Because of the fact that the replicating fixed rate account used by the FREQ rarely becomes negative, there is not much visible difference between the FREQ and the IRR: for almost all real-life investments, the IRR is unique and equals the FREQ. However, this does not mean that the FREQ provides little or no gain in practice. The IRR is typically calculated using numerical methods such as Newton’s method. The investor is then told that this is “the” IRR. However, there is no information as to whether this IRR value is unique, or, more importantly, whether the underlying replicating fixed rate investment did or did not encounter negative balances. The FREQ, on the other hand, always gives the guarantee of uniqueness, and, for that matter, of having used a realistic and intuitive model for the fixed rate replication. Loosely speaking, one could make the case for the FREQ like this: the FREQ is unlikely to change your IRR, but it is the only way of making sure that your IRR is good.
To illustrate the FREQ and give an intuition for why it does not suffer from the multiple solutions issue that plagues the IRR, let us return to the example of Table 1. Recall that in Chart 1, we have shown how and why there are two IRRs in that case. Now let us assume a cost of borrowing of 20% for the period 1/1/1995 through 12/31/1996, and 5% for the period 1/1/1997 through 12/31/1999. (We chose these somewhat extreme values for the sake of better visualization.) The FREQ, that is, the interest rate that replicates the investment under these assumptions, equals 10.41907%. In the chart below, we also show the account balances over time for accounts with a 12% interest rate and a 9% interest rate, respectively. This demonstrates that the “opposite movement” that lead to the multiple IRR values as shown in the Chart 1 cannot happen anymore when the FREQ is used: a higher interest rate will lead to a higher ending balance, and a lower interest rate will lead to a lower ending balance.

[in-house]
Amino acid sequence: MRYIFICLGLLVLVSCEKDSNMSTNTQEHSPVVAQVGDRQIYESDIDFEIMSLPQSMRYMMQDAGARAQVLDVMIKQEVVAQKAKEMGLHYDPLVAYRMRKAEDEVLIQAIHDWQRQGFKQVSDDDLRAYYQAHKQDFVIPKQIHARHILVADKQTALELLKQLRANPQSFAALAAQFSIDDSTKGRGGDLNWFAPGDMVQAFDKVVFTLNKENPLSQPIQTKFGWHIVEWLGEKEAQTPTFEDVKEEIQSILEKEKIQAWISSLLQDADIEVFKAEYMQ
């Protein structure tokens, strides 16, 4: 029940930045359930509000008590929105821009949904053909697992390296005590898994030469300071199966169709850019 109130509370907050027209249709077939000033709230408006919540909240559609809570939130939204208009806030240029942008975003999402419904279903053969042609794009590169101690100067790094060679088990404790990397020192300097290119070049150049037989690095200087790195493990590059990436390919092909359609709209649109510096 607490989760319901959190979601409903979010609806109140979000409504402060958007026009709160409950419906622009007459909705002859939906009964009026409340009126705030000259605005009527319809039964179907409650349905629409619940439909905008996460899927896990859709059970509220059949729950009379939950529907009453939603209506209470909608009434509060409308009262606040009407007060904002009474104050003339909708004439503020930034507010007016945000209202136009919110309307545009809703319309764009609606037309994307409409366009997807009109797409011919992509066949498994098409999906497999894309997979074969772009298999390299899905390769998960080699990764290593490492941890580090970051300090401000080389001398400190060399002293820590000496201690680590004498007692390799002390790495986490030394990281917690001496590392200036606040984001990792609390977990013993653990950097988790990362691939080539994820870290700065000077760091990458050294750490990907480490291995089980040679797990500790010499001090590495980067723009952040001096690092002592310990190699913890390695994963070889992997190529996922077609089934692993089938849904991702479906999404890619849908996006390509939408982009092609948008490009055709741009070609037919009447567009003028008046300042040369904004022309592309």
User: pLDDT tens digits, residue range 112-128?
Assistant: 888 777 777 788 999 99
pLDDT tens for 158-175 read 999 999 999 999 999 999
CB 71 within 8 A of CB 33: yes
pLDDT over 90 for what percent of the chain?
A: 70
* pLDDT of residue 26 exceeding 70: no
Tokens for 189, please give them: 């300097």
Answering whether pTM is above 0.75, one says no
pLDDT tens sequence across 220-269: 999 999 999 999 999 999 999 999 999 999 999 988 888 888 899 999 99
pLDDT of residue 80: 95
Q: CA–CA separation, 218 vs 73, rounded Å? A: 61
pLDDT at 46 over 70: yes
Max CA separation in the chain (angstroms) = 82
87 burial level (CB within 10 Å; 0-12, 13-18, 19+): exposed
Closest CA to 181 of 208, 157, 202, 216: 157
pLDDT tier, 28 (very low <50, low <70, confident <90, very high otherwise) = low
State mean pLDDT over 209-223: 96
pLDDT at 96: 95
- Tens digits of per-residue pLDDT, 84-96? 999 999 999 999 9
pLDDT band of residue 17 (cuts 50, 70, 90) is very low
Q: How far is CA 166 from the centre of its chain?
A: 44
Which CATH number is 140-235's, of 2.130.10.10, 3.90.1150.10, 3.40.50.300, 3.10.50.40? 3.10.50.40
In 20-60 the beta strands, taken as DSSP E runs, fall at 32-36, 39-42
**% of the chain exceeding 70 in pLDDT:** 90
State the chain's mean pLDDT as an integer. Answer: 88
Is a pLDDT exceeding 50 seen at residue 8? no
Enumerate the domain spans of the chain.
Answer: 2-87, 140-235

The table below shows the exact balances for the accounts of Chart 2 above.
|Account Balance at 9%||$5,000||−$2,975.36||−$4,284.52||1.040.13||$1,305.00|
|Account Balance at 10.42%||$5,000||−$3,268.65||−$4,706.85||$551.23||$672.08|
|Account Balance at 12%||$5,000||−$3,524.68||−$5,075.79||$124.14||$147.00|